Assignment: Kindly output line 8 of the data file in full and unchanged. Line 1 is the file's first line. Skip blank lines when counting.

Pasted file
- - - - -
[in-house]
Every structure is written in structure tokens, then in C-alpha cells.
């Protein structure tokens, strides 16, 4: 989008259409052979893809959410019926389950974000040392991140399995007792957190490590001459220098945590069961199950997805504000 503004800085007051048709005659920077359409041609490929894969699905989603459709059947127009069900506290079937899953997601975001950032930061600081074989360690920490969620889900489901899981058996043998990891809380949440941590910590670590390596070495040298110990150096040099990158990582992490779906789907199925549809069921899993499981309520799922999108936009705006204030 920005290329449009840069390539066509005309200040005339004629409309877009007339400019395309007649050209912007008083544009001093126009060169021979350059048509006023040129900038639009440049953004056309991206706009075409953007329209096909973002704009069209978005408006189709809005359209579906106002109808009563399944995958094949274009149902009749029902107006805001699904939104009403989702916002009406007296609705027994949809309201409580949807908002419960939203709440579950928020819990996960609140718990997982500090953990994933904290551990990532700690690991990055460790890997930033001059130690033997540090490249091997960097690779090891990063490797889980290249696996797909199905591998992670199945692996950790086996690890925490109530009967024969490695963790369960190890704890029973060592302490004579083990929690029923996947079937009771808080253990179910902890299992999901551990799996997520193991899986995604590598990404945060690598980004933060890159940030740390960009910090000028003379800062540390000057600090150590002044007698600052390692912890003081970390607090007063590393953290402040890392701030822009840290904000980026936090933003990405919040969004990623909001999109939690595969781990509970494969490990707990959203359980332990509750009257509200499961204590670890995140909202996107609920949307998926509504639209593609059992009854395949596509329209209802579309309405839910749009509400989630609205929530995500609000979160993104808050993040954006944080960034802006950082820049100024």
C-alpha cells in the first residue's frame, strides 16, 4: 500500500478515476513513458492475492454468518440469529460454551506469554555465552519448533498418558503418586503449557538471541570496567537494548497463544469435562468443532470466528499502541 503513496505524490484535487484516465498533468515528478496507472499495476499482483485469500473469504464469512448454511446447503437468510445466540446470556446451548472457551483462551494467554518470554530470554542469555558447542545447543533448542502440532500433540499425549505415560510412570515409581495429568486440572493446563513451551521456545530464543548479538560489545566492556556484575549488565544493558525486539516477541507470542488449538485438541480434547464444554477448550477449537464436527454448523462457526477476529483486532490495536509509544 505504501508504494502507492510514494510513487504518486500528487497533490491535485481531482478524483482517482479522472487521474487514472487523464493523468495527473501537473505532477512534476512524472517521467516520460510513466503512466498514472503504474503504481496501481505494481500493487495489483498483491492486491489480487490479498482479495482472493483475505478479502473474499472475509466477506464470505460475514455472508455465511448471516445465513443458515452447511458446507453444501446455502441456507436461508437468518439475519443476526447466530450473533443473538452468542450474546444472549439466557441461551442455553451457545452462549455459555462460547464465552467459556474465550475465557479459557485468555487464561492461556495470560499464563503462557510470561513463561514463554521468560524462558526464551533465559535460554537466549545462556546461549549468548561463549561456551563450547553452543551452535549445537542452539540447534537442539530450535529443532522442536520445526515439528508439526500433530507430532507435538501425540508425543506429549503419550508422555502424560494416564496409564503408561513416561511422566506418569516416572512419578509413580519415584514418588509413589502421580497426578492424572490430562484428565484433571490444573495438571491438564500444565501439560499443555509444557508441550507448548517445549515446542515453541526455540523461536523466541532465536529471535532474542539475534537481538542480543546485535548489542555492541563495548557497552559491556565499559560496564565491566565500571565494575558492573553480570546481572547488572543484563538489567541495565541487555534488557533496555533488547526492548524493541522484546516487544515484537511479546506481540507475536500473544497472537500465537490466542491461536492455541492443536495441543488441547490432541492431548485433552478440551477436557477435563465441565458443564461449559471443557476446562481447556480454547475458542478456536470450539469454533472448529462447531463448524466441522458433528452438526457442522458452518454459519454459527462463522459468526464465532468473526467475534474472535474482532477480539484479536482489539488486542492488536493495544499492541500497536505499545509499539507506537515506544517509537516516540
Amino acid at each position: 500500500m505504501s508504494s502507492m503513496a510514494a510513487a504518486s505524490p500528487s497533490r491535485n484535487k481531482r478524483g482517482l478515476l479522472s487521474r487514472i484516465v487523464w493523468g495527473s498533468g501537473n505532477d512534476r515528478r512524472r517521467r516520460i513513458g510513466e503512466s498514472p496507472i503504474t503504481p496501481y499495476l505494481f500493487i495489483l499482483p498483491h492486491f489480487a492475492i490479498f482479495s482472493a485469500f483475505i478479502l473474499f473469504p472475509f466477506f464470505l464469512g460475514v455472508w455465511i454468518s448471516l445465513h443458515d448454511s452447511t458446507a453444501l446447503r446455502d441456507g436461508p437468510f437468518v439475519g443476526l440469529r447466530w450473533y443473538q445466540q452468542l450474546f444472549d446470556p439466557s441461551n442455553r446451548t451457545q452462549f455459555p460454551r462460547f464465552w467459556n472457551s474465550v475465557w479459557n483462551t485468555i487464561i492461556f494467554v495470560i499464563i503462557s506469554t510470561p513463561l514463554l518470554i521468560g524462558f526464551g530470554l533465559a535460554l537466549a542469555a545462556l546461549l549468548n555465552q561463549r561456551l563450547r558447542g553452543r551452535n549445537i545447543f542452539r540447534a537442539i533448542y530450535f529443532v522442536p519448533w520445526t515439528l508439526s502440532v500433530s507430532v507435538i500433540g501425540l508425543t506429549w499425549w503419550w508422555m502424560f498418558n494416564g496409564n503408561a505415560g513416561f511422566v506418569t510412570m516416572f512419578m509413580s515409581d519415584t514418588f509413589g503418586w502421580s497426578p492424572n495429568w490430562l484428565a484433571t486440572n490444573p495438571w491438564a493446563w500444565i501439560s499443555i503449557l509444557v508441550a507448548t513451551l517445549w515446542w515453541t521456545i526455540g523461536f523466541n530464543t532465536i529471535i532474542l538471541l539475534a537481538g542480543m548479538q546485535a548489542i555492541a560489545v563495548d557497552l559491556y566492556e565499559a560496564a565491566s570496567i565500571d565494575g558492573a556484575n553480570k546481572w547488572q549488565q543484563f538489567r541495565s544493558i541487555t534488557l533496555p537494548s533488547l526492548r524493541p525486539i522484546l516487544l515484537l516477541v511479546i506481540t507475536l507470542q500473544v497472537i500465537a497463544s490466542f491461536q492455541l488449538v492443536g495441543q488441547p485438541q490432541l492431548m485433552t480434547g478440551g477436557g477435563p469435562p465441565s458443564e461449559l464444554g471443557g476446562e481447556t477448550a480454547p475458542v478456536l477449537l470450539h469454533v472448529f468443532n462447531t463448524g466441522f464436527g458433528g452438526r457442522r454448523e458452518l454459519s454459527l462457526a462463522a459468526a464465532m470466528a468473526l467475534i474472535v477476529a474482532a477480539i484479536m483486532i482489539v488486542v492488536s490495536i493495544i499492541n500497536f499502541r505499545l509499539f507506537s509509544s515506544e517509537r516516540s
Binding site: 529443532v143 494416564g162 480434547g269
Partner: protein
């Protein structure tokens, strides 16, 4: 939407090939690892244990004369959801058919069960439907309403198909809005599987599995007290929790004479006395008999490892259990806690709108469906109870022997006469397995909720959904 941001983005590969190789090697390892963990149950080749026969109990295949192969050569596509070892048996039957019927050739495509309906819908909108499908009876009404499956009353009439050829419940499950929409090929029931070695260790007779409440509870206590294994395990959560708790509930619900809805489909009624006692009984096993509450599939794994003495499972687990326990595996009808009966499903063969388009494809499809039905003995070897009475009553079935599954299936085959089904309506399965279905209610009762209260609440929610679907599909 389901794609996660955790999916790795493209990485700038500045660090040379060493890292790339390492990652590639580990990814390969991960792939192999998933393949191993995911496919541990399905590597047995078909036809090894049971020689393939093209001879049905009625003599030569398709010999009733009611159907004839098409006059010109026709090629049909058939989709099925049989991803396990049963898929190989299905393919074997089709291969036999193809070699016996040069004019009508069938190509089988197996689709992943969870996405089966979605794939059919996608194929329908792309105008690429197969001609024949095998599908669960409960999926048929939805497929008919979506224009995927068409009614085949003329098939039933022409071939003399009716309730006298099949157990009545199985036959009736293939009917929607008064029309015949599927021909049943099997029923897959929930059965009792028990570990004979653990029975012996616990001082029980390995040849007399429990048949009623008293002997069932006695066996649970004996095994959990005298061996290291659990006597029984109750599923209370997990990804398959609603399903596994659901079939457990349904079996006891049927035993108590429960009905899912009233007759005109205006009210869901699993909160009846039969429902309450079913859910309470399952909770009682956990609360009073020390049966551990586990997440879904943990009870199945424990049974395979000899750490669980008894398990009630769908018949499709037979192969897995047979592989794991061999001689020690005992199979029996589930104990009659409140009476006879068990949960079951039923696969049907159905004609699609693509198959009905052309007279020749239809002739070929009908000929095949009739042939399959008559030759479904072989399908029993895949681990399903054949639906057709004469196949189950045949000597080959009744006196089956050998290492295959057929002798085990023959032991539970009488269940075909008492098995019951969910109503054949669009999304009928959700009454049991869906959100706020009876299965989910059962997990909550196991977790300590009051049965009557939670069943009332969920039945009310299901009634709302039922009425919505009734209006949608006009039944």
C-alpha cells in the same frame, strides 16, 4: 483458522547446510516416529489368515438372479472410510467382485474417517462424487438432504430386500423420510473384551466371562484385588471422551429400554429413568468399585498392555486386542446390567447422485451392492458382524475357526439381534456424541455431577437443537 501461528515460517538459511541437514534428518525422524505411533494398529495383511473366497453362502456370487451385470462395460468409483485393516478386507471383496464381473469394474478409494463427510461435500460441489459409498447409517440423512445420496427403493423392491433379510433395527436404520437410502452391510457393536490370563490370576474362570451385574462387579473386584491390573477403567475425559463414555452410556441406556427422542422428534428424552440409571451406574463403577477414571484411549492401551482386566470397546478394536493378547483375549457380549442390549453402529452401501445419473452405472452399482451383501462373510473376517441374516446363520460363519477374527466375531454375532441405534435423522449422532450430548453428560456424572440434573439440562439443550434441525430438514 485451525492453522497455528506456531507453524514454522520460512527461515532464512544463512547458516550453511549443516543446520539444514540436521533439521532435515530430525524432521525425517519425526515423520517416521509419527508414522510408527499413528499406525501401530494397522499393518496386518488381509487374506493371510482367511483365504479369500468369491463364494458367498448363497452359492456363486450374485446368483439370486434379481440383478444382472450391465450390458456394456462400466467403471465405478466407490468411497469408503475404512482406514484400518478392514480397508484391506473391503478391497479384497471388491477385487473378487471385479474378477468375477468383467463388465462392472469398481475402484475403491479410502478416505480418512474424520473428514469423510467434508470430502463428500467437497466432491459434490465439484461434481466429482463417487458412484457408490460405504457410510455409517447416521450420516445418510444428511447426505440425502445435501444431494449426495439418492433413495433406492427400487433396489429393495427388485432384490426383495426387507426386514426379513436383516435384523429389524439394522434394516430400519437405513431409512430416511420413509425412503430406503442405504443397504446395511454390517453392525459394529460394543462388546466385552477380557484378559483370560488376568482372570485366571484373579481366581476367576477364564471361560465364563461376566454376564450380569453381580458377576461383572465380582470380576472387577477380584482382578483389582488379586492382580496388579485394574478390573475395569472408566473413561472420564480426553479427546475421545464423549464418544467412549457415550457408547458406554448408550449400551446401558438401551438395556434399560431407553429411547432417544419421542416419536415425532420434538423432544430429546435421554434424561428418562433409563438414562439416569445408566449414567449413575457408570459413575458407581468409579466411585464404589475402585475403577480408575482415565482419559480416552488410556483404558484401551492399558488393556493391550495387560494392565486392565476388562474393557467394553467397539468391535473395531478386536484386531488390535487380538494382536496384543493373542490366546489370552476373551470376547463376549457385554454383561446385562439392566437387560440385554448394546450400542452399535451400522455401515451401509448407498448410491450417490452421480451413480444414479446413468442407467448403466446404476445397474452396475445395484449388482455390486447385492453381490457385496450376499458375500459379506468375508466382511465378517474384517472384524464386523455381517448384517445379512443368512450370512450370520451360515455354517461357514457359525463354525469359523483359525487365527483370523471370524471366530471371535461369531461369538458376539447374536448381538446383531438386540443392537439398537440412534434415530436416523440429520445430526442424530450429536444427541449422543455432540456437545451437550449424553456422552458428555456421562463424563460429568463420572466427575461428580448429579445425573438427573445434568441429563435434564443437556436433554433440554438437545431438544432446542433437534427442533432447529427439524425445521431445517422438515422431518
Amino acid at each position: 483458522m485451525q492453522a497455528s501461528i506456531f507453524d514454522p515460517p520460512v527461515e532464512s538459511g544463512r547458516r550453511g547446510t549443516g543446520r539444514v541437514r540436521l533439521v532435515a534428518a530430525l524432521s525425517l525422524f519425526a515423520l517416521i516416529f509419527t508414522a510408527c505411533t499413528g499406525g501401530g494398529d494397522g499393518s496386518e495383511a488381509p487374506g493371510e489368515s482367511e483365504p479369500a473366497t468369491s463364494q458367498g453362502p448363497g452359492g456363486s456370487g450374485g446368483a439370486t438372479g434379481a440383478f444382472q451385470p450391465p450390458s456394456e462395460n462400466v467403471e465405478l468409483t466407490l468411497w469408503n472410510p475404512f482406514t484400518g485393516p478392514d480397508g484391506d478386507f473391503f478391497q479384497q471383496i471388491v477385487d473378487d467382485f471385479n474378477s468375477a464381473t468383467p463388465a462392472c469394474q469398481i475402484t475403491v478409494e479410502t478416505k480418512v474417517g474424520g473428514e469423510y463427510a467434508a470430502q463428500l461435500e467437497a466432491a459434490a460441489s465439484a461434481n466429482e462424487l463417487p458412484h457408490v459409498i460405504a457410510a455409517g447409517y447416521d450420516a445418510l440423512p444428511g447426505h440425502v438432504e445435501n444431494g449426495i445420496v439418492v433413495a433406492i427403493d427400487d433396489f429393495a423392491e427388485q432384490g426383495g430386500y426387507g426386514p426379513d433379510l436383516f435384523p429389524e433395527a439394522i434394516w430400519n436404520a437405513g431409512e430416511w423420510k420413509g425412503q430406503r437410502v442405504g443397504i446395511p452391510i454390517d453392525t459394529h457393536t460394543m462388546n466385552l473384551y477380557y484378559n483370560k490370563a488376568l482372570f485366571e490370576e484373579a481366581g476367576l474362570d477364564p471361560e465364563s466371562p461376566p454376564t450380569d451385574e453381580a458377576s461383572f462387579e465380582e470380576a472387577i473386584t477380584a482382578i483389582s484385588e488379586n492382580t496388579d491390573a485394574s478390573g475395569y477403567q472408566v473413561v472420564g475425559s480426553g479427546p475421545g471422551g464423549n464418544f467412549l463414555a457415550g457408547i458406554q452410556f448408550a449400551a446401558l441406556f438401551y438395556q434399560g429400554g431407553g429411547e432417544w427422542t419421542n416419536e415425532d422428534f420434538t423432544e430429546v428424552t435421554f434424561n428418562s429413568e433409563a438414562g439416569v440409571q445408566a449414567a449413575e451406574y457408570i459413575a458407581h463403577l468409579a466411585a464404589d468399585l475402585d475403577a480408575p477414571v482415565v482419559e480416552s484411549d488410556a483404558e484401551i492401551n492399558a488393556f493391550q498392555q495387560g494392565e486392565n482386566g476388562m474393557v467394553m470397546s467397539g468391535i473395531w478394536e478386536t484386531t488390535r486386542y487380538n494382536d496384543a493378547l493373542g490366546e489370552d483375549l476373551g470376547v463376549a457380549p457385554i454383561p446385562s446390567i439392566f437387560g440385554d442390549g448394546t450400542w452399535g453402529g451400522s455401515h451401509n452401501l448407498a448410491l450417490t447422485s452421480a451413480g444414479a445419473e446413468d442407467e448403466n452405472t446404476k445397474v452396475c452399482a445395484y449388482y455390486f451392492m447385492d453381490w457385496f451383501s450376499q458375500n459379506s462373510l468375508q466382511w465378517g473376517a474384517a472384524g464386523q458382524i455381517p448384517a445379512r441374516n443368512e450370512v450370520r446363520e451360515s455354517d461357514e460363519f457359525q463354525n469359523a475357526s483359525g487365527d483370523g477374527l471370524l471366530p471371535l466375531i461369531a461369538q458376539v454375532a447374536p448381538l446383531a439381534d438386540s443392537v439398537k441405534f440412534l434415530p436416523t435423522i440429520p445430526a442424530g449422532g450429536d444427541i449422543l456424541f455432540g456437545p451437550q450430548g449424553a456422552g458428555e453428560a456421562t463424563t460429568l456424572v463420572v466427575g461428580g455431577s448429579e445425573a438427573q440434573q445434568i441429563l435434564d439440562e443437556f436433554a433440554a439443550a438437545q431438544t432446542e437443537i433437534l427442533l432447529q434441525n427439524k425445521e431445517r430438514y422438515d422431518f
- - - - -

């Protein structure tokens, strides 16, 4: 939407090939690892244990004369959801058919069960439907309403198909809005599987599995007290929790004479006395008999490892259990806690709108469906109870022997006469397995909720959904 941001983005590969190789090697390892963990149950080749026969109990295949192969050569596509070892048996039957019927050739495509309906819908909108499908009876009404499956009353009439050829419940499950929409090929029931070695260790007779409440509870206590294994395990959560708790509930619900809805489909009624006692009984096993509450599939794994003495499972687990326990595996009808009966499903063969388009494809499809039905003995070897009475009553079935599954299936085959089904309506399965279905209610009762209260609440929610679907599909 389901794609996660955790999916790795493209990485700038500045660090040379060493890292790339390492990652590639580990990814390969991960792939192999998933393949191993995911496919541990399905590597047995078909036809090894049971020689393939093209001879049905009625003599030569398709010999009733009611159907004839098409006059010109026709090629049909058939989709099925049989991803396990049963898929190989299905393919074997089709291969036999193809070699016996040069004019009508069938190509089988197996689709992943969870996405089966979605794939059919996608194929329908792309105008690429197969001609024949095998599908669960409960999926048929939805497929008919979506224009995927068409009614085949003329098939039933022409071939003399009716309730006298099949157990009545199985036959009736293939009917929607008064029309015949599927021909049943099997029923897959929930059965009792028990570990004979653990029975012996616990001082029980390995040849007399429990048949009623008293002997069932006695066996649970004996095994959990005298061996290291659990006597029984109750599923209370997990990804398959609603399903596994659901079939457990349904079996006891049927035993108590429960009905899912009233007759005109205006009210869901699993909160009846039969429902309450079913859910309470399952909770009682956990609360009073020390049966551990586990997440879904943990009870199945424990049974395979000899750490669980008894398990009630769908018949499709037979192969897995047979592989794991061999001689020690005992199979029996589930104990009659409140009476006879068990949960079951039923696969049907159905004609699609693509198959009905052309007279020749239809002739070929009908000929095949009739042939399959008559030759479904072989399908029993895949681990399903054949639906057709004469196949189950045949000597080959009744006196089956050998290492295959057929002798085990023959032991539970009488269940075909008492098995019951969910109503054949669009999304009928959700009454049991869906959100706020009876299965989910059962997990909550196991977790300590009051049965009557939670069943009332969920039945009310299901009634709302039922009425919505009734209006949608006009039944």